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elvira kohn

There were a lot of Jews in Zagreb who were on Rab with me, and with them I had contacts. Most of the people I socialized with were my work colleagues, or neighbors, who weren't Jewish. What deeply affected me was that Tudjman [14] and his government didn't financially valorize participants of the National Liberation Army.

The government reduced material incomes that we received during the communist regime. The partisans were all of a sudden not recognized any more. And I claim that, if it hadn't been for the partisans, there wouldn't be a Croatia today. And I'm not afraid to say that.
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I lived with my mother until her death in 1977. The two of us were very close, and it was difficult for me when she died. I was left alone; I had no relatives, no family of my own. I was also in a dilemma as to how to bury my mother. It was a very difficult decision for me to make.

Many JNA officials and my co-workers came to my mother's funeral. Some gave a speech. I couldn't have a rabbi bury her in front of the party members. And I couldn't have the party members speak in front of a rabbi. The two don't go together. So at last I decided not to have a rabbi at the funeral. It wasn't easy, but there was no other choice. I wasn't allowed to have a Jewish funeral for my mother.

But I did something else. I arranged with the community that for the whole first month after my mother's death, the Kaddish was recited for her every Friday and Saturday. That was something I could do. Even though all the officials knew that I was Jewish, and that my mother was Jewish, I couldn't have both, the Party and the rabbi, at the funeral. And even though I had been retired since 1964, and my mother died in 1977, I was still in the same circle of people, shared the same spirit, and thus wasn't allowed to. That was the spirit of the time.
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During the communist times, I was in the JNA, I was a member of the Party. I worked and socialized with others who were in the Party; that was my life, that was my world. Today people say terrible things about communism, but it wasn't so bad after all. Maybe in certain aspects it was better than it is today; only, we aren't allowed to say that, it just doesn't sound right.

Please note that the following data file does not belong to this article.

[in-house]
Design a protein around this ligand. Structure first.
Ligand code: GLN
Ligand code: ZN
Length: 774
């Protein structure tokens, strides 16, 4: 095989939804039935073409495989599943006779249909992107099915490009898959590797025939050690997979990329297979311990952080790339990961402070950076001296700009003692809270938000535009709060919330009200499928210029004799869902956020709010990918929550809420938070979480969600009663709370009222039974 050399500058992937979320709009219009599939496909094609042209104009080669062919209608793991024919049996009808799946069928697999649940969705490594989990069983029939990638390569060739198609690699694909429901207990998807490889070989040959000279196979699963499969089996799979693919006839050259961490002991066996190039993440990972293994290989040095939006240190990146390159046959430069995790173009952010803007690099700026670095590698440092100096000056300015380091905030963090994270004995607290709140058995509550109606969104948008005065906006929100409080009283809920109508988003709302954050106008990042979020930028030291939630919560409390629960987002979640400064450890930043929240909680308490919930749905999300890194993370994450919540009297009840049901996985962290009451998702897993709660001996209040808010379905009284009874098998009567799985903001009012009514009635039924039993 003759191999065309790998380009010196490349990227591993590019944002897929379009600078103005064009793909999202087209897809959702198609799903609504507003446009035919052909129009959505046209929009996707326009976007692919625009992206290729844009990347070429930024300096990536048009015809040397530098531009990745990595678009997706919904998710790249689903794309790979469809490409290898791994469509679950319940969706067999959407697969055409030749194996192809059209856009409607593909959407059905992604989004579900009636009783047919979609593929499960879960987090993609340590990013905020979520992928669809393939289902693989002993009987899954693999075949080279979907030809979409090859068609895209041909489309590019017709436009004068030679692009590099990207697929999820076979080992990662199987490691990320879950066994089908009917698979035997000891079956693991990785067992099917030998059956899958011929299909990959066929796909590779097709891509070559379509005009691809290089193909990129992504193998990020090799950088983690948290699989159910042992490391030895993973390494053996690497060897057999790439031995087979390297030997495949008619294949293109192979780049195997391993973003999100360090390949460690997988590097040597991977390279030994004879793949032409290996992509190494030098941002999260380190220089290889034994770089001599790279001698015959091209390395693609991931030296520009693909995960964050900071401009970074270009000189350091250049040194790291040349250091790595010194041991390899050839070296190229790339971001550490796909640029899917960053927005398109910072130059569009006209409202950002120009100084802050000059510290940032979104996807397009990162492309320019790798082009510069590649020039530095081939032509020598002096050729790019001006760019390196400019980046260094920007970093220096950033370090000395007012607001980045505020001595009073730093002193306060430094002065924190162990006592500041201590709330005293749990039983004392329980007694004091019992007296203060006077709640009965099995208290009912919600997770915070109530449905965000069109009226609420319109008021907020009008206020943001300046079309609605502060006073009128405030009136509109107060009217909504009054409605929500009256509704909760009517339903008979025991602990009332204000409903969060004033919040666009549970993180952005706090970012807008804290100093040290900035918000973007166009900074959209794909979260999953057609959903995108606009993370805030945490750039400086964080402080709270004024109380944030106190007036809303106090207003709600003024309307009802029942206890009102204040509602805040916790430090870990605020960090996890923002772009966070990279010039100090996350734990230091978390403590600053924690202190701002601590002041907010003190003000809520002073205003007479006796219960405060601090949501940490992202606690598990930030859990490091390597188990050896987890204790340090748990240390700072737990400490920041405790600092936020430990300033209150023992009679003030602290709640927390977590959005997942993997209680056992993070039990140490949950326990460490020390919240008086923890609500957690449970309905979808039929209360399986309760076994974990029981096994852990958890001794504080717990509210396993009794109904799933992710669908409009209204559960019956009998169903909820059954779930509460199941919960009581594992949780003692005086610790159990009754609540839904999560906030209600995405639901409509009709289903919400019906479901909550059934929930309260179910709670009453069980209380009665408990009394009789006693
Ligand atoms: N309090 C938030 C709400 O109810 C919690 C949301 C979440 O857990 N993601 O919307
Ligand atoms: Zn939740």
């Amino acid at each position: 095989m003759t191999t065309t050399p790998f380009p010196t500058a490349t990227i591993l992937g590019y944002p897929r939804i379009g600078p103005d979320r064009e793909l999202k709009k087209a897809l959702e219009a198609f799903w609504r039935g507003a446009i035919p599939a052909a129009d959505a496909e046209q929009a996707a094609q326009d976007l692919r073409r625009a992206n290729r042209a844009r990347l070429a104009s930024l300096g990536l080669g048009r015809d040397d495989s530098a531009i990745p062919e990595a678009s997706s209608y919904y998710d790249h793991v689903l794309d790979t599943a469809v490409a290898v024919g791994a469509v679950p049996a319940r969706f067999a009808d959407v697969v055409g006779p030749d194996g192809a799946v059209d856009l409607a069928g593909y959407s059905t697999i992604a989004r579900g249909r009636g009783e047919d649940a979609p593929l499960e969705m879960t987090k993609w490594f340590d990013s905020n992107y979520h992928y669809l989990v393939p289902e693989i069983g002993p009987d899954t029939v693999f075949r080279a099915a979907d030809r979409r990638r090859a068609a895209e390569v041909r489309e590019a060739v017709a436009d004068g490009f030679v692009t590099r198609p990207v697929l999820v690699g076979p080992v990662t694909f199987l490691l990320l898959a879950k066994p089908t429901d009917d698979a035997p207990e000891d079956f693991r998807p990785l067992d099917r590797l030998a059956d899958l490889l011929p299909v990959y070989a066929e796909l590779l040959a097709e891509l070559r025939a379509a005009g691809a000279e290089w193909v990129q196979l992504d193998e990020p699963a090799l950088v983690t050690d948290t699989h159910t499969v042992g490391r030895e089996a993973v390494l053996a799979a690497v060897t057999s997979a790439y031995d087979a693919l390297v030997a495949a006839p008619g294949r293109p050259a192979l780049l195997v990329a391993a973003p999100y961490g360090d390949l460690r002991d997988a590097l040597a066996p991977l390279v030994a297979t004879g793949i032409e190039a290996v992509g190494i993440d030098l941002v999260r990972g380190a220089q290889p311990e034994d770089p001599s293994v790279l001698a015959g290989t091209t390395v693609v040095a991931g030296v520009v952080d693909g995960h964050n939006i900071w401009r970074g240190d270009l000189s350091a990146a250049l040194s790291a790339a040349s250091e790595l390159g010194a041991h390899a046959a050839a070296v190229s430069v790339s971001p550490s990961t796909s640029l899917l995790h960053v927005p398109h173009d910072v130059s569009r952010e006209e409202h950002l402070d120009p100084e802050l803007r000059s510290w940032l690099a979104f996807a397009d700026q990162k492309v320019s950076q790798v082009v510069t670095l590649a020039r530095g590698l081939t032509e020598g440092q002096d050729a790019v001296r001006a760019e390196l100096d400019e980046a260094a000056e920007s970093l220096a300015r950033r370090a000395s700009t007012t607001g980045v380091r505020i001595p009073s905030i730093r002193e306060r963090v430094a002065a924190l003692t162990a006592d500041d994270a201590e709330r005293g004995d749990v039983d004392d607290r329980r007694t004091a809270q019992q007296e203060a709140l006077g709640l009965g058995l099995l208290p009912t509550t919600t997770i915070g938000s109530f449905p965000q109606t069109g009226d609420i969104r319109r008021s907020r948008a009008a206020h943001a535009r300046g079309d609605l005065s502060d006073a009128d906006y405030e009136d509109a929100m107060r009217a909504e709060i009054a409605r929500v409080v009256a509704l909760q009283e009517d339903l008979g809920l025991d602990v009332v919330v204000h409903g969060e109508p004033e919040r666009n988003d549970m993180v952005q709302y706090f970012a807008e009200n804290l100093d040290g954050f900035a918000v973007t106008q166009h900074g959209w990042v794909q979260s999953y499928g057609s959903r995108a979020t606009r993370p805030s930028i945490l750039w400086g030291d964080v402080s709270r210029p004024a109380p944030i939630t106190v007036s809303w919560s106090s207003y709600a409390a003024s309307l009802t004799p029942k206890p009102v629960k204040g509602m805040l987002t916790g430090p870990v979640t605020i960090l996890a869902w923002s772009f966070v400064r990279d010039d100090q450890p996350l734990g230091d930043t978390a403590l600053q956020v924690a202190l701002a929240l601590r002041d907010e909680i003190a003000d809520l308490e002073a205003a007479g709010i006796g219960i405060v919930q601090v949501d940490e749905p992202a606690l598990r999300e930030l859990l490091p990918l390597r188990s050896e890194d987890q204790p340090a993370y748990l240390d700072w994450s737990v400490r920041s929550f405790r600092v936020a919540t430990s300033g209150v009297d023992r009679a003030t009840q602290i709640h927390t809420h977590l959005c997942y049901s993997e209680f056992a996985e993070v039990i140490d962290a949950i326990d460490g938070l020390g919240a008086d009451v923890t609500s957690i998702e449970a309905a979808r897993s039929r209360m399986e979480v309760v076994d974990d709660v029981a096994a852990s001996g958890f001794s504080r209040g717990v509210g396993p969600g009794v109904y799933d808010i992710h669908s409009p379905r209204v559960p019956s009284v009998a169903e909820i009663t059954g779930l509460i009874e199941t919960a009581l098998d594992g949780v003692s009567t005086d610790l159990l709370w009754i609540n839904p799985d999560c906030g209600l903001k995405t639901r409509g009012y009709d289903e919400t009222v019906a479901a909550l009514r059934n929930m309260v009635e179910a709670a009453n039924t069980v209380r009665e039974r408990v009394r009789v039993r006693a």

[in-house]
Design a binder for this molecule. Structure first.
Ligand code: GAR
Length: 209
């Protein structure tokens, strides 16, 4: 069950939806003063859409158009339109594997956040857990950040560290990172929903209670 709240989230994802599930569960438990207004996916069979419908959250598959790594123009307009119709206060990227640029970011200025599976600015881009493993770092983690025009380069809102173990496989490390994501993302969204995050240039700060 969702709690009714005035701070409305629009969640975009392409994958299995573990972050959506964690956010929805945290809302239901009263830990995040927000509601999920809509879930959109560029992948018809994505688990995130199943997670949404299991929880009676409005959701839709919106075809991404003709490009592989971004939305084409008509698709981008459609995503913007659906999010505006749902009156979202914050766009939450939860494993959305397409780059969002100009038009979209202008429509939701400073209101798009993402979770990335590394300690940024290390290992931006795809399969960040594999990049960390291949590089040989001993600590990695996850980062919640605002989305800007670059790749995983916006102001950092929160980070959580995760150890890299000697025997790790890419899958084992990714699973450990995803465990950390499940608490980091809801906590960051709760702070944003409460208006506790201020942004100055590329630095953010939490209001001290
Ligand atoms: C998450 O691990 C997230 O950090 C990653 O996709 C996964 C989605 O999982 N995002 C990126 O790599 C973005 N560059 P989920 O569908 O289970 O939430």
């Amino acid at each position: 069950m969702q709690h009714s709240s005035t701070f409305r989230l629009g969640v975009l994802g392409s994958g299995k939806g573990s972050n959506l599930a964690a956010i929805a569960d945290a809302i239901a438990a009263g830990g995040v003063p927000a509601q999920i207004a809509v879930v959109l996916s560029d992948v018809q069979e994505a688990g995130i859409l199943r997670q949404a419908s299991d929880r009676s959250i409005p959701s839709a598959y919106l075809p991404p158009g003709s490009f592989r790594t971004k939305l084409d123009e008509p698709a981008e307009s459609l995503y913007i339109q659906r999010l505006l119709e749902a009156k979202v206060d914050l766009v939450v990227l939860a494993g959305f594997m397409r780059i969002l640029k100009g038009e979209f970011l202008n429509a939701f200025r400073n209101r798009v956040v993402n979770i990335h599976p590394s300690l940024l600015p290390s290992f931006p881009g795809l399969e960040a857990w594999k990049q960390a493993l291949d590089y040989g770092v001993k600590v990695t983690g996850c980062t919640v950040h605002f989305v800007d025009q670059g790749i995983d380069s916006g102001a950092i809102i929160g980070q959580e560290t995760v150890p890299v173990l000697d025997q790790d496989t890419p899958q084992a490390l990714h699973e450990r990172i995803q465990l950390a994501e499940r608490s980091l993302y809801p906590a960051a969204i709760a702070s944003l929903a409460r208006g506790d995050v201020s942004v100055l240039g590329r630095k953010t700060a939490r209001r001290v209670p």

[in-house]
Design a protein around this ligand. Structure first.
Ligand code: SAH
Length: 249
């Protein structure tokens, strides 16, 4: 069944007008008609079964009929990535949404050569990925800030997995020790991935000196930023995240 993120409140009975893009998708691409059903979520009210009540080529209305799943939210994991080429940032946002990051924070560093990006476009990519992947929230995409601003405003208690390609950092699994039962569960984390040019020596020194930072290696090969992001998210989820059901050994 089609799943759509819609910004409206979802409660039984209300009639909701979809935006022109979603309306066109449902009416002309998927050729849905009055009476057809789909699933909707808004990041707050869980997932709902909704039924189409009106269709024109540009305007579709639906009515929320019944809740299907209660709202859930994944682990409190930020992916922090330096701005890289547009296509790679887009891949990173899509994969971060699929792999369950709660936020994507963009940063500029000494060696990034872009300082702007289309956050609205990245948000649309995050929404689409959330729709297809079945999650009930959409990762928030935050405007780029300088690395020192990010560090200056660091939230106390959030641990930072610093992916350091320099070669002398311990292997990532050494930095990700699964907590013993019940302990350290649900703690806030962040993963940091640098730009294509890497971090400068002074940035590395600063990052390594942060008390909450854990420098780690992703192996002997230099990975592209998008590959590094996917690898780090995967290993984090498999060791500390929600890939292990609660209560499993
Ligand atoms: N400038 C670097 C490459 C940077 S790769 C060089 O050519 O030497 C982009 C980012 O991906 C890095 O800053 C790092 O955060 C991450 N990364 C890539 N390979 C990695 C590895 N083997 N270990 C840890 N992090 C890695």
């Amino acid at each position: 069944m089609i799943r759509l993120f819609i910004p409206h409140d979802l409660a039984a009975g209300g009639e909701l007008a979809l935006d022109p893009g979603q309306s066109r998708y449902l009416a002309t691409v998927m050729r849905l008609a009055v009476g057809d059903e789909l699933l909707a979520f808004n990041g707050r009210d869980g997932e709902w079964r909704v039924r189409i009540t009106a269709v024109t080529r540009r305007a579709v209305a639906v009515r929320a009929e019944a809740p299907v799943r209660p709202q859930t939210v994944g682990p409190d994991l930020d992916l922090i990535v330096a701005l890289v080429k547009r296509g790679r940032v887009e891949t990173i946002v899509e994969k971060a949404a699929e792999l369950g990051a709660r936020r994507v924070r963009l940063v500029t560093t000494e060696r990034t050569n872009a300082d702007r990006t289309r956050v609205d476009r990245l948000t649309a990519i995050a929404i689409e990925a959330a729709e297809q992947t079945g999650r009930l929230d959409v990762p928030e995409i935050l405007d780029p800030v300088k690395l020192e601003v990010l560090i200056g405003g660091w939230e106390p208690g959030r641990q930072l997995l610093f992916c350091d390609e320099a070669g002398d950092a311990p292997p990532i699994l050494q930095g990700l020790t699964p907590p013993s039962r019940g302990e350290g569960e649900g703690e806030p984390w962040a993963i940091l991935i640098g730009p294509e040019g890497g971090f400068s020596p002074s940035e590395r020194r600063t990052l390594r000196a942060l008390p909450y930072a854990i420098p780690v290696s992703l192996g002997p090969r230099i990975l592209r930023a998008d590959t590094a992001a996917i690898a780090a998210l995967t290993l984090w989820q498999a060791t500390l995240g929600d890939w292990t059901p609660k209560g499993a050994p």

Immediately after the war, I went to the Jewish community on Palmoticeva Street to become a member. Through the community I re-established relations with my aunt Adela in Brazil and my cousin Zlata in Israel. I've never been to Brazil, but to Israel I went several times.

The first time I went in 1950 to visit Zlata. It wasn't easy to get permission to leave the country because I was among the high-ranking officers in the Party. At last, after many attempts and rejections, I spoke with one officer-general who helped me get a permission to go to Israel. I left from Rijeka on a boat, and arrived in Haifa. It was an amazing trip because there I met with Zlata and her family and I also saw many people who had been interned on Rab with me. But, I never developed any deep feelings for Israel. I was also invited to Zlata's son's bar mitzvah and I went.

Then there was her son's wedding, and I went again, and I think I visited Israel another couple of times. Had I not been in the JNA and the Party, I would have considered to move to Israel. But I was in the army, and I was very much connected to it, and I couldn't help myself. In addition, my mother wasn't so young any more, and it was a risk to go because I didn't know what kind of job I could get there. The Party never criticized me for going to Israel. Everyone always respected me because I always openly admitted that I was Jewish and never hid my origins.

Both my mother and I became members of the Jewish community. I attended celebrations for holidays, if I was in Zagreb. Because I traveled a lot, I couldn't become more active in the community. The fact that I was in the army and went to the community at the same time had no consequences. I never directly told anyone in the army that I went to the Jewish community; that was my personal and private business. If I was in Zagreb for Chanukkah or Purim, I went to the celebrations.

I took my mother to the synagogue for Rosh Hashanah and Yom Kippur and waited outside. I didn't enter because I didn't want the wrath of the Gods, so to speak. There were services for holidays that my mother always attended, and I know that there were people who went, and the people who conducted the services, but I'm not in the position to say much more about it. When I went, I mostly went to the afternoon meetings and tea parties, or to the meetings organized by the women's department.
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baby pisetskaya

My grandmother's brother was a communist. He was the chairman of Ternovka village council and was killed by bandits in his own office in 1919.
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My father's older brother Yakov was born in Odessa in 1899. In 1917, after the October Revolution [see Russian Revolution of 1917] [3]. Yakov was attracted by communist ideas. He became a communist.
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Jankiel Kulawiec

I joined the party [PZPR] in 1951, when I was working at Dobrobyt. It was Jews who persuaded me. They said that if I wanted to achieve anything, I had to join. But before that I'd steered clear of the PPR and the PZPR. And I belonged to the Bund, and I'd gone there as a member of Zukunft. They had their headquarters here in Legnica on Piastowska Street, and I used to go there to meetings. That was a bit more of a democratic party, you see, and Jewish through and through. But in the PZPR I wasn't such a keen activist, I didn't get particularly involved in their affairs - I had to so I did, no more.